Loading

Crossroads Goes Back to Its Roots

Mississippi Youth Media Project film “Minor Setback, Major Comeback: Supporting Black Dollars and Businesses in Jackson, Mississippi” will screen at Crossroads Saturday at 7:45 p.m. Photo courtesy Youth Media Project

Mississippi Youth Media Project film “Minor Setback, Major Comeback: Supporting Black Dollars and Businesses in Jackson, Mississippi” will screen at Crossroads Saturday at 7:45 p.m. Photo courtesy Youth Media Project

Crossroads Film Festival is going back to its roots this year, Festival Coordinator Michele Baker says.

"We thought very long and hard about that before we began the planning of this festival," she says.

For the 19th year of the event, Baker says they have tightened the scope of what the festival would screen.

"We made very deliberate choices about those films within the context of what we wanted to do," she says. "We knew we wanted to showcase female filmmakers, young filmmakers. We wanted to showcase filmmakers of color; we wanted to make sure that we showed Mississippi stories specifically; we wanted to show a nice mix of documentaries and features. We wanted to make sure that we had animated things and experimental things, short (films), long (films), (music videos)."

Baker has been part of Crossroads Film Society for eight years. She was born in Illinois but came to Mississippi when she was 4 years old. She attended Millsaps College and Mississippi State University, and then went on to the University of Arkansas, where she graduated with a bachelor's degree in foreign language in 1992. Before she began working for Crossroads, she had been working for the Mississippi Commission for Volunteer Service (now Volunteer Mississippi) for 13 years as its director of public relations and marketing. After then-Executive Director Marsha Kelly retired, Baker decided it was a good time to change paths.

"I was just ready to go do something else, and that was a good, natural break for me," she says.

A friend of Baker's asked if she knew Nina Parikh, the then-deputy director (now director) of the Mississippi Film Office.

"I said, 'No,' and she said, 'You two would love each other. You need to meet,'" she says.

She shadowed Parikh and then found out that Crossroads Film Society had an opening. She interviewed for the position, and that same day, Crossroads hired her.

For this year, Crossroads received more than 500 submissions, she says. The festival will show 136 of those films, with 21 film blocks spread over three days—Thursday, April 12, through Saturday, April 14.

The organizers decided to scale down the event this year to make it a festival that represents what the Crossroads Film Society is at the mission level, Baker says.

"We wanted to concentrate on getting the fundamentals perfect," she says. "And then build that back out to include more workshops, more panels, off-site things."

She says about 30 percent of the films this year have something to do with Mississippi, whether they are about a person or topic that concerns the state, or a Mississippian made it. "We're very excited about the fact that we're living our mission," she says. "We're able to bring those Mississippi films out for people to see, and we're also able to bring those global films home."

Mississippians by nature are creative, she says.

"We just are. We have some of the most talented singers and writers and athletes and medical specialists," she says. "I mean it just goes to reason that we would be amazing filmmakers as well. Really all you have to do is sit down on your front porch and write down what you see. I think that's how Eudora Welty wrote her stories. She just wrote down what she saw in her neighborhood every day, and she wrote award-winning, amazing stories."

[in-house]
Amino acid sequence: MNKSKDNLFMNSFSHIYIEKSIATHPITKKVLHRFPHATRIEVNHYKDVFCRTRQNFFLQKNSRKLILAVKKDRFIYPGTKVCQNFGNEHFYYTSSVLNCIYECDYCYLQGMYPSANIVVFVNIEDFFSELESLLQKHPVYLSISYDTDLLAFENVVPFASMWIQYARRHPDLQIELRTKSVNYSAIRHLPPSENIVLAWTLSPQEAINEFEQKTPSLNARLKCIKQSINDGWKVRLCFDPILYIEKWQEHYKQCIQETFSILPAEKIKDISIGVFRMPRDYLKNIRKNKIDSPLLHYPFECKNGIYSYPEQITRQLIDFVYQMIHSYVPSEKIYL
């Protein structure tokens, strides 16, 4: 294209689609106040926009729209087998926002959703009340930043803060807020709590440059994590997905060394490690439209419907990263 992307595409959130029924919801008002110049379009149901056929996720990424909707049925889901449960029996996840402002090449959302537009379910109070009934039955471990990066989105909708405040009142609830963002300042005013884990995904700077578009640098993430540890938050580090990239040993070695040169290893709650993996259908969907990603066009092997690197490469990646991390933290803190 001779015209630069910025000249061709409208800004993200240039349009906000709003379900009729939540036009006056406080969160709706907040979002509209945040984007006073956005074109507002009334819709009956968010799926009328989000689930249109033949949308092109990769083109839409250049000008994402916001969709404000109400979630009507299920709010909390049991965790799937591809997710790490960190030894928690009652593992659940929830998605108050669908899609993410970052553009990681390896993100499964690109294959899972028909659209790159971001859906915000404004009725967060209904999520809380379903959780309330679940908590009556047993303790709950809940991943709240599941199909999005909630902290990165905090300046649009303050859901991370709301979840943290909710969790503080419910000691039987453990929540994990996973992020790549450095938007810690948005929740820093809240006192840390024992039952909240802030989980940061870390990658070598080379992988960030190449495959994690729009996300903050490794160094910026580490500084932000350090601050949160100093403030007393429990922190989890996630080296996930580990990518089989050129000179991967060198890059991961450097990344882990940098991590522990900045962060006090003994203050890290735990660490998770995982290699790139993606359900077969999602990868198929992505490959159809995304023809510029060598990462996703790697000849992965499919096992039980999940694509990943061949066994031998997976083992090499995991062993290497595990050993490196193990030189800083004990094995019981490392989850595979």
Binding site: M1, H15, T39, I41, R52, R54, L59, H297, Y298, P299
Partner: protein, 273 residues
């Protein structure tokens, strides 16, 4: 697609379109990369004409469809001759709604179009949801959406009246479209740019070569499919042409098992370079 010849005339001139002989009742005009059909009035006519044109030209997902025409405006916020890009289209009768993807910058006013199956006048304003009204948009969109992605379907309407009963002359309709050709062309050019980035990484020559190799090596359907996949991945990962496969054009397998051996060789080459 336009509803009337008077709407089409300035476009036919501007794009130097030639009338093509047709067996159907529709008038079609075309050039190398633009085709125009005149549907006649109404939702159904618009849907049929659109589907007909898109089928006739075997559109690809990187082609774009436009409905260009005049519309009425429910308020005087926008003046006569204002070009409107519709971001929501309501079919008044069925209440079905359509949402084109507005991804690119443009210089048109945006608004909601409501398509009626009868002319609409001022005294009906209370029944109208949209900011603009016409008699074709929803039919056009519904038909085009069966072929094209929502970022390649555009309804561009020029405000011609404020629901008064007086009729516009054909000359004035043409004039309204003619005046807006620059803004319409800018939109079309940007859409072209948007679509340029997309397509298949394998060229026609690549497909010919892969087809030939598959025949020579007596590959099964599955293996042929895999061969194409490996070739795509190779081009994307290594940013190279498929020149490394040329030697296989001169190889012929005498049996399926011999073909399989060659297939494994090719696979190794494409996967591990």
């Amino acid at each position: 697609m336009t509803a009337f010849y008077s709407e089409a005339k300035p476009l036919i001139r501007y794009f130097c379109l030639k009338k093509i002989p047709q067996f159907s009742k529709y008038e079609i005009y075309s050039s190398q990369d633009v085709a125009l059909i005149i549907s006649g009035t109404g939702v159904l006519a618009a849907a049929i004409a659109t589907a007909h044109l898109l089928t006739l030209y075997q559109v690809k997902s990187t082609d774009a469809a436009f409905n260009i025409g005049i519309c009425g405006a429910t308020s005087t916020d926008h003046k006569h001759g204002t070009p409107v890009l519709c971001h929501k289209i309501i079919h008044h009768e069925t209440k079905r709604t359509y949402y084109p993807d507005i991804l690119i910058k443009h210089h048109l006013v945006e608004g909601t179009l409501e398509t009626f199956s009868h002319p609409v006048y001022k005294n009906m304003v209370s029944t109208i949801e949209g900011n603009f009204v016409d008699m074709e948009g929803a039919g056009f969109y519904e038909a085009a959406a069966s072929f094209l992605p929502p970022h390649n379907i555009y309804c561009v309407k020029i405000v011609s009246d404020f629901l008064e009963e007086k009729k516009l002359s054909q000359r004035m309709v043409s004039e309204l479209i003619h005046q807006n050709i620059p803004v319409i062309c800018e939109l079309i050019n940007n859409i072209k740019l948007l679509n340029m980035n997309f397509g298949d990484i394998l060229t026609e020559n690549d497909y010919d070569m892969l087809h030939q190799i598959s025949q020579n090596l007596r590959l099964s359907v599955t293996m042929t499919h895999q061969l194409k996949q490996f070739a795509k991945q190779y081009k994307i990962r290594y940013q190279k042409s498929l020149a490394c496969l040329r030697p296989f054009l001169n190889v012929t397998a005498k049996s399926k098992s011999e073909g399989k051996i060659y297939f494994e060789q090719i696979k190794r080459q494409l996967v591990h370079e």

She says the state's checkered past also allows for storytelling.

"People are talking about race and gender and politics as much as we are here because we're right at the forefront of all of those issues," Baker says.

"We lived through the civil rights era. We're the last stand on things like integration, so those things are very present and very raw, and it makes for amazing filmed material."

Things to Know for Crossroads

Crossroads Film Festival passes are $35 and up for all-access passes, and $20 for industry and student passes. Day passes are $15 and up, and individual blocks are $5 and up. Most film blocks will screen at Malco Grandview Cinema (221 Grandview Blvd., Madison, 601-790-3090). "Tales of Terror" will screen at Hal & Mal's (200 Commerce St., 769-208-6408) on Saturday, April 14, at 8 p.m.

Film Blocks

Thursday, April 12

1 p.m., screen A: "Mississippi Student Showcase of Films"

3 p.m., screen A: "Urban Country"

5 p.m., screen A: "Five @ 5:00"

7 p.m., screen A: "How They Got Over"

Friday, April 13

6 p.m., screen A: "Chasing the Blues"

6:15 p.m., screen B: "Afro-Centric Cinema: International Black Film Collective"

8 p.m., screen A: Music Video Showcase

8:15 p.m., screen B: "Mississippi Madam"

Saturday, April 14

1 p.m., screen A: "Animation Station"

1:15 p.m., screen B:

"Fighting for Social Justice"

1:30 p.m., screen C: "Global Snapshots"

3 p.m., screen A:

"Comedies I: Light Roast"

3:15 p.m., screen B: "Wonder Women: Stories by Female Filmmakers"

3:45 p.m., screen C: "The 'Funk' in Dysfunctional"

5:30 p.m., screen A:

"Comedies II: Extra Dark Roast"

5:45 p.m., screen B: "Fantastic Stories: Sci-Fi and Fantasy"

5:45 p.m., screen C: "LGBTQ Stories: Endings, Changes, and Beginnings"

7:30 p.m., screen A: "Purgatory Road"

7:45 p.m., screen B: "Lindy Lou"

8:30 p.m., screen C:

"Smells Like Teen Spirit"


All films: crossroadsfilmfestival.com


comments powered by Disqus